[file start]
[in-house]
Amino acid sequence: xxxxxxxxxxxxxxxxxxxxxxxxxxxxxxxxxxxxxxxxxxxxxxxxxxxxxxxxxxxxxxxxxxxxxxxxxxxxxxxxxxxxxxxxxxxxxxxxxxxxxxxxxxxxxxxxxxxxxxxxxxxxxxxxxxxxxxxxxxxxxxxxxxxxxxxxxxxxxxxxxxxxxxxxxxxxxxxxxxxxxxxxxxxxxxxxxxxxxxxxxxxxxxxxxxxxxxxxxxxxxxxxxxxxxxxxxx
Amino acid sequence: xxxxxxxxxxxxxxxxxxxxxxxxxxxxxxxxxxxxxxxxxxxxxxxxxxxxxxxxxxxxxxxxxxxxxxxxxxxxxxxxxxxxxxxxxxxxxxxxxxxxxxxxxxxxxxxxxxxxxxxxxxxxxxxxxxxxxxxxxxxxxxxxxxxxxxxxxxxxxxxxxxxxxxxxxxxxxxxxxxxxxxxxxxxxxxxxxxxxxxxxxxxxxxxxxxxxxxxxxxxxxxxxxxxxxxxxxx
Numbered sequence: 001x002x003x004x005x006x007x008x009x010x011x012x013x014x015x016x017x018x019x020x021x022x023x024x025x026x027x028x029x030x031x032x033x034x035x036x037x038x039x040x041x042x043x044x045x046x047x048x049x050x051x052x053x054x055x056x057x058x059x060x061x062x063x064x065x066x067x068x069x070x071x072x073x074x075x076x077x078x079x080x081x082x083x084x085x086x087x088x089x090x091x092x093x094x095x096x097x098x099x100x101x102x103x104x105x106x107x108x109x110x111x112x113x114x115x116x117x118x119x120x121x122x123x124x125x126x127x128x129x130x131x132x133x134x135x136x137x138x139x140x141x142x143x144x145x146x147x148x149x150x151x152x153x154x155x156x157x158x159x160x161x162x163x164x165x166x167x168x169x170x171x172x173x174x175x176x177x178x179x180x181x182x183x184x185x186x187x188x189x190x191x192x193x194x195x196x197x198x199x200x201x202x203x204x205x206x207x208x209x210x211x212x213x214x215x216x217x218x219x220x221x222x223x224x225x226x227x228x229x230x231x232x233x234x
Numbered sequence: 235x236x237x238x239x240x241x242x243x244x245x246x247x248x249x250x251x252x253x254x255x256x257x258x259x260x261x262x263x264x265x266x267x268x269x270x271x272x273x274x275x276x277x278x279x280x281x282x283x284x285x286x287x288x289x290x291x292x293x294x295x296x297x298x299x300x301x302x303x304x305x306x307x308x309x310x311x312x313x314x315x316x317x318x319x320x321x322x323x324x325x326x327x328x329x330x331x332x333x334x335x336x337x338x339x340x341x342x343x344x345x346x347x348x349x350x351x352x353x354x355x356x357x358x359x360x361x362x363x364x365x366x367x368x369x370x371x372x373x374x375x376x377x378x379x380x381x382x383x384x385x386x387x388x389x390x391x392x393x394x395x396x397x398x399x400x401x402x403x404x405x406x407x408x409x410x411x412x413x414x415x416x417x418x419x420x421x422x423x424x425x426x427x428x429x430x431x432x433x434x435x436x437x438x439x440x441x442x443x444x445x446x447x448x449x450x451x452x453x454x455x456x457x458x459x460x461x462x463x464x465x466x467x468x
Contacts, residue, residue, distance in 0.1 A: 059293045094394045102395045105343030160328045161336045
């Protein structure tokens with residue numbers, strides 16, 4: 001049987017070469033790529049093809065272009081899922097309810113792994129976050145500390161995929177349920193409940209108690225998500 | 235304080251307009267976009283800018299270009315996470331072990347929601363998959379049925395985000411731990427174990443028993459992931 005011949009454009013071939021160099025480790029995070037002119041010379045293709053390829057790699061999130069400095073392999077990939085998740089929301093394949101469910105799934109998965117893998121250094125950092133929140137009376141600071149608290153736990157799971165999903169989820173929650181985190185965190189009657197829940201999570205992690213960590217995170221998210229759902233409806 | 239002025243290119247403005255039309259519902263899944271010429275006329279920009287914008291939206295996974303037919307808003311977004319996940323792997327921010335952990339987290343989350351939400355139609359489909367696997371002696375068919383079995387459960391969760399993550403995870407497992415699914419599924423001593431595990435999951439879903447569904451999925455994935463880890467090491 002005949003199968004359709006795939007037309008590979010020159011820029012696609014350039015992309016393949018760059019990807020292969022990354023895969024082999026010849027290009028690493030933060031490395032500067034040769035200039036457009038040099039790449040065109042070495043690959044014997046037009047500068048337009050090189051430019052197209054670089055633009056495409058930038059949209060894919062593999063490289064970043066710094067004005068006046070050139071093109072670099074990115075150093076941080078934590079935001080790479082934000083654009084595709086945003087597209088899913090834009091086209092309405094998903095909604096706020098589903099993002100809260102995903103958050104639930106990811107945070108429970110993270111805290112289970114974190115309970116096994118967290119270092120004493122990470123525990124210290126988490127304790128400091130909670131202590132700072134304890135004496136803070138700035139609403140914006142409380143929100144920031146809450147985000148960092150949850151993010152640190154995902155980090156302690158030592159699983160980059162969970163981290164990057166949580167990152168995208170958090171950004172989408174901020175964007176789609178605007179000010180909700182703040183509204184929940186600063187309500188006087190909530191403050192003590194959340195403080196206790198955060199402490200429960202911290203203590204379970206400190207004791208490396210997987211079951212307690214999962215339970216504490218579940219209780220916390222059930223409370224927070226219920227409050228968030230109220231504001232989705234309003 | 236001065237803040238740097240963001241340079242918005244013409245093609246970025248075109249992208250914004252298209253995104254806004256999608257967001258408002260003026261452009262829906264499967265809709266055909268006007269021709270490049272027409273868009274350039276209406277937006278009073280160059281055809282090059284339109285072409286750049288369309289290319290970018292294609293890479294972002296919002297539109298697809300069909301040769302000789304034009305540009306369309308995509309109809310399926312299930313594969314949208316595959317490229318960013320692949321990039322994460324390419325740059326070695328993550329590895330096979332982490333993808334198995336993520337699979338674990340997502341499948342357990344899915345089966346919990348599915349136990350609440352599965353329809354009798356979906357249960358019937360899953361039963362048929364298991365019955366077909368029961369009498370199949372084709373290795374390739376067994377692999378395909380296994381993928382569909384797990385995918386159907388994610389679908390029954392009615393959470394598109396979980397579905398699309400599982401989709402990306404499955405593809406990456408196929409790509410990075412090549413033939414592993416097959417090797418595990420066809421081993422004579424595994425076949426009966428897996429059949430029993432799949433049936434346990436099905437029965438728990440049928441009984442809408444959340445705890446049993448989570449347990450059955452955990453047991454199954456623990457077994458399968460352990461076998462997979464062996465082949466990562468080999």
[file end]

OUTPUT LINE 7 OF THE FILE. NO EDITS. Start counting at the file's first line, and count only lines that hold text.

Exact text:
């Protein structure tokens with residue numbers, strides 16, 4: 001049987017070469033790529049093809065272009081899922097309810113792994129976050145500390161995929177349920193409940209108690225998500 | 235304080251307009267976009283800018299270009315996470331072990347929601363998959379049925395985000411731990427174990443028993459992931 005011949009454009013071939021160099025480790029995070037002119041010379045293709053390829057790699061999130069400095073392999077990939085998740089929301093394949101469910105799934109998965117893998121250094125950092133929140137009376141600071149608290153736990157799971165999903169989820173929650181985190185965190189009657197829940201999570205992690213960590217995170221998210229759902233409806 | 239002025243290119247403005255039309259519902263899944271010429275006329279920009287914008291939206295996974303037919307808003311977004319996940323792997327921010335952990339987290343989350351939400355139609359489909367696997371002696375068919383079995387459960391969760399993550403995870407497992415699914419599924423001593431595990435999951439879903447569904451999925455994935463880890467090491 002005949003199968004359709006795939007037309008590979010020159011820029012696609014350039015992309016393949018760059019990807020292969022990354023895969024082999026010849027290009028690493030933060031490395032500067034040769035200039036457009038040099039790449040065109042070495043690959044014997046037009047500068048337009050090189051430019052197209054670089055633009056495409058930038059949209060894919062593999063490289064970043066710094067004005068006046070050139071093109072670099074990115075150093076941080078934590079935001080790479082934000083654009084595709086945003087597209088899913090834009091086209092309405094998903095909604096706020098589903099993002100809260102995903103958050104639930106990811107945070108429970110993270111805290112289970114974190115309970116096994118967290119270092120004493122990470123525990124210290126988490127304790128400091130909670131202590132700072134304890135004496136803070138700035139609403140914006142409380143929100144920031146809450147985000148960092150949850151993010152640190154995902155980090156302690158030592159699983160980059162969970163981290164990057166949580167990152168995208170958090171950004172989408174901020175964007176789609178605007179000010180909700182703040183509204184929940186600063187309500188006087190909530191403050192003590194959340195403080196206790198955060199402490200429960202911290203203590204379970206400190207004791208490396210997987211079951212307690214999962215339970216504490218579940219209780220916390222059930223409370224927070226219920227409050228968030230109220231504001232989705234309003 | 236001065237803040238740097240963001241340079242918005244013409245093609246970025248075109249992208250914004252298209253995104254806004256999608257967001258408002260003026261452009262829906264499967265809709266055909268006007269021709270490049272027409273868009274350039276209406277937006278009073280160059281055809282090059284339109285072409286750049288369309289290319290970018292294609293890479294972002296919002297539109298697809300069909301040769302000789304034009305540009306369309308995509309109809310399926312299930313594969314949208316595959317490229318960013320692949321990039322994460324390419325740059326070695328993550329590895330096979332982490333993808334198995336993520337699979338674990340997502341499948342357990344899915345089966346919990348599915349136990350609440352599965353329809354009798356979906357249960358019937360899953361039963362048929364298991365019955366077909368029961369009498370199949372084709373290795374390739376067994377692999378395909380296994381993928382569909384797990385995918386159907388994610389679908390029954392009615393959470394598109396979980397579905398699309400599982401989709402990306404499955405593809406990456408196929409790509410990075412090549413033939414592993416097959417090797418595990420066809421081993422004579424595994425076949426009966428897996429059949430029993432799949433049936434346990436099905437029965438728990440049928441009984442809408444959340445705890446049993448989570449347990450059955452955990453047991454199954456623990457077994458399968460352990461076998462997979464062996465082949466990562468080999």